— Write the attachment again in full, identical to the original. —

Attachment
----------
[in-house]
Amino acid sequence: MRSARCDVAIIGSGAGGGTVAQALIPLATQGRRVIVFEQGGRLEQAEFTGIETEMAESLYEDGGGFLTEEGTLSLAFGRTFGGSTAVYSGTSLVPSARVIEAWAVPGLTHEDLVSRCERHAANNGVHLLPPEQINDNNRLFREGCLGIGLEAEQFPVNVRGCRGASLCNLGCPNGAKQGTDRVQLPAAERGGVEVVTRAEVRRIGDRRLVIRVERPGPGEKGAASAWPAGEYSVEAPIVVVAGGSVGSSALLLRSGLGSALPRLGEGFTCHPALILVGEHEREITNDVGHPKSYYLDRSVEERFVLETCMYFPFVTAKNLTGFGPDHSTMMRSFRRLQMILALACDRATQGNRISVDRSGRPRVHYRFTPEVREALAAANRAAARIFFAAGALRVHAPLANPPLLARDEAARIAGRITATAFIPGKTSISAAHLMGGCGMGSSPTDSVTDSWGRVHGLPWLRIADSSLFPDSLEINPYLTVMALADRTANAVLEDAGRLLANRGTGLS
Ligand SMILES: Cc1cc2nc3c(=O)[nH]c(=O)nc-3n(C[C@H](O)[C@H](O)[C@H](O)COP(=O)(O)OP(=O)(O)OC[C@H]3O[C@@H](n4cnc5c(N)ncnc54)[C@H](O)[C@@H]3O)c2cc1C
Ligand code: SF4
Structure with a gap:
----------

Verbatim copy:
[in-house]
Amino acid sequence: MRSARCDVAIIGSGAGGGTVAQALIPLATQGRRVIVFEQGGRLEQAEFTGIETEMAESLYEDGGGFLTEEGTLSLAFGRTFGGSTAVYSGTSLVPSARVIEAWAVPGLTHEDLVSRCERHAANNGVHLLPPEQINDNNRLFREGCLGIGLEAEQFPVNVRGCRGASLCNLGCPNGAKQGTDRVQLPAAERGGVEVVTRAEVRRIGDRRLVIRVERPGPGEKGAASAWPAGEYSVEAPIVVVAGGSVGSSALLLRSGLGSALPRLGEGFTCHPALILVGEHEREITNDVGHPKSYYLDRSVEERFVLETCMYFPFVTAKNLTGFGPDHSTMMRSFRRLQMILALACDRATQGNRISVDRSGRPRVHYRFTPEVREALAAANRAAARIFFAAGALRVHAPLANPPLLARDEAARIAGRITATAFIPGKTSISAAHLMGGCGMGSSPTDSVTDSWGRVHGLPWLRIADSSLFPDSLEINPYLTVMALADRTANAVLEDAGRLLANRGTGLS
Ligand SMILES: Cc1cc2nc3c(=O)[nH]c(=O)nc-3n(C[C@H](O)[C@H](O)[C@H](O)COP(=O)(O)OP(=O)(O)OC[C@H]3O[C@@H](n4cnc5c(N)ncnc54)[C@H](O)[C@@H]3O)c2cc1C
Ligand code: SF4
Structure with a gap: